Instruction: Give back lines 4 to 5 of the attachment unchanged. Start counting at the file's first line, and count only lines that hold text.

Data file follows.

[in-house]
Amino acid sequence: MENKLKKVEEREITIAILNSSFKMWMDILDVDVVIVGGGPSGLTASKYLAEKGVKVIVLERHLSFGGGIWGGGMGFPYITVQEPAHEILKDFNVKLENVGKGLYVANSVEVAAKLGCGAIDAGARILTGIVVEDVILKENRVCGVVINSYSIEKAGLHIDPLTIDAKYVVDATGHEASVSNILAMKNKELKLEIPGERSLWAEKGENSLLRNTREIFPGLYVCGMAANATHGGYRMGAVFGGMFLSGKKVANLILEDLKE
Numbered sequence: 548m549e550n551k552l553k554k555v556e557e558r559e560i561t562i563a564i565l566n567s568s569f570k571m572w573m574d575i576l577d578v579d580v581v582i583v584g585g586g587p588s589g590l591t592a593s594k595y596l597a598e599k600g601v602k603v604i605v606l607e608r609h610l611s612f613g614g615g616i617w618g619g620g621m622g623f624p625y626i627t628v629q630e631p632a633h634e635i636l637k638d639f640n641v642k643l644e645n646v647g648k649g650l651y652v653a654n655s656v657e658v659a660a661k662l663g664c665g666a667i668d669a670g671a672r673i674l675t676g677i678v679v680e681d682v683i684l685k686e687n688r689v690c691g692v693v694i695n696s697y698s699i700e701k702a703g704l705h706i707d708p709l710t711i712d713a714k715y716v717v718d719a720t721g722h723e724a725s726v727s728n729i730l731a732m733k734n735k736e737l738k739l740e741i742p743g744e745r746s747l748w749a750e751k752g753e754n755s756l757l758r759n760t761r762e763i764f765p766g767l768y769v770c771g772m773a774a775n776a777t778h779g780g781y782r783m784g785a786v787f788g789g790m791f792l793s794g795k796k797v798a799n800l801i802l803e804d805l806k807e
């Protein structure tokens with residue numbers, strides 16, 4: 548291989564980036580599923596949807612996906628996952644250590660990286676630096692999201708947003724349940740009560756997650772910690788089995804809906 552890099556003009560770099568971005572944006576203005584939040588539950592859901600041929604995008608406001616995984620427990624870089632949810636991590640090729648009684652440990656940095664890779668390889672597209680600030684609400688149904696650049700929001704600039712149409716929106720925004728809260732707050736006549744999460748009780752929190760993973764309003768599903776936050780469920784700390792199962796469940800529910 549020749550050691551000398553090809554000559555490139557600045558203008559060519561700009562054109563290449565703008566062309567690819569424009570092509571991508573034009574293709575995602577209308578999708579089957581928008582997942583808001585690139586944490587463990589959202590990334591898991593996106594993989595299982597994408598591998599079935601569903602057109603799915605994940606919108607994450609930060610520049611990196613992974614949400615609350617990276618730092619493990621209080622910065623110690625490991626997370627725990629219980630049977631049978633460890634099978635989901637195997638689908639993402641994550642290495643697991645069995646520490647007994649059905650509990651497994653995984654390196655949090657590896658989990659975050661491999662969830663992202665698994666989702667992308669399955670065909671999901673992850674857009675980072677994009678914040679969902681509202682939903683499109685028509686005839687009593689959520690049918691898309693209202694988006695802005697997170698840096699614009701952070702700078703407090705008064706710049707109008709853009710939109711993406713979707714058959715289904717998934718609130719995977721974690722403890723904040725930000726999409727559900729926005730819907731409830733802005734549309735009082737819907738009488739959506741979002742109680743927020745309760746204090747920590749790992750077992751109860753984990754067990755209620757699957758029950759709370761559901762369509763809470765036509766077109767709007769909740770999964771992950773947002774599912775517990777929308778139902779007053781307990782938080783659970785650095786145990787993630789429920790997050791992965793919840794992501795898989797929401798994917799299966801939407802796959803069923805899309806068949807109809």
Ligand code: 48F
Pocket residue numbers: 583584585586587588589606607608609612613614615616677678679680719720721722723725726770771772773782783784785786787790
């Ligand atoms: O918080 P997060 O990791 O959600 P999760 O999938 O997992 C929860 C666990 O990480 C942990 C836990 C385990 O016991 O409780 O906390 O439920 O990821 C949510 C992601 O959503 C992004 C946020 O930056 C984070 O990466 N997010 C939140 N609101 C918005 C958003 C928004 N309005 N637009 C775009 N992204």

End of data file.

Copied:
């Protein structure tokens with residue numbers, strides 16, 4: 548291989564980036580599923596949807612996906628996952644250590660990286676630096692999201708947003724349940740009560756997650772910690788089995804809906 552890099556003009560770099568971005572944006576203005584939040588539950592859901600041929604995008608406001616995984620427990624870089632949810636991590640090729648009684652440990656940095664890779668390889672597209680600030684609400688149904696650049700929001704600039712149409716929106720925004728809260732707050736006549744999460748009780752929190760993973764309003768599903776936050780469920784700390792199962796469940800529910 549020749550050691551000398553090809554000559555490139557600045558203008559060519561700009562054109563290449565703008566062309567690819569424009570092509571991508573034009574293709575995602577209308578999708579089957581928008582997942583808001585690139586944490587463990589959202590990334591898991593996106594993989595299982597994408598591998599079935601569903602057109603799915605994940606919108607994450609930060610520049611990196613992974614949400615609350617990276618730092619493990621209080622910065623110690625490991626997370627725990629219980630049977631049978633460890634099978635989901637195997638689908639993402641994550642290495643697991645069995646520490647007994649059905650509990651497994653995984654390196655949090657590896658989990659975050661491999662969830663992202665698994666989702667992308669399955670065909671999901673992850674857009675980072677994009678914040679969902681509202682939903683499109685028509686005839687009593689959520690049918691898309693209202694988006695802005697997170698840096699614009701952070702700078703407090705008064706710049707109008709853009710939109711993406713979707714058959715289904717998934718609130719995977721974690722403890723904040725930000726999409727559900729926005730819907731409830733802005734549309735009082737819907738009488739959506741979002742109680743927020745309760746204090747920590749790992750077992751109860753984990754067990755209620757699957758029950759709370761559901762369509763809470765036509766077109767709007769909740770999964771992950773947002774599912775517990777929308778139902779007053781307990782938080783659970785650095786145990787993630789429920790997050791992965793919840794992501795898989797929401798994917799299966801939407802796959803069923805899309806068949807109809």
Ligand code: 48F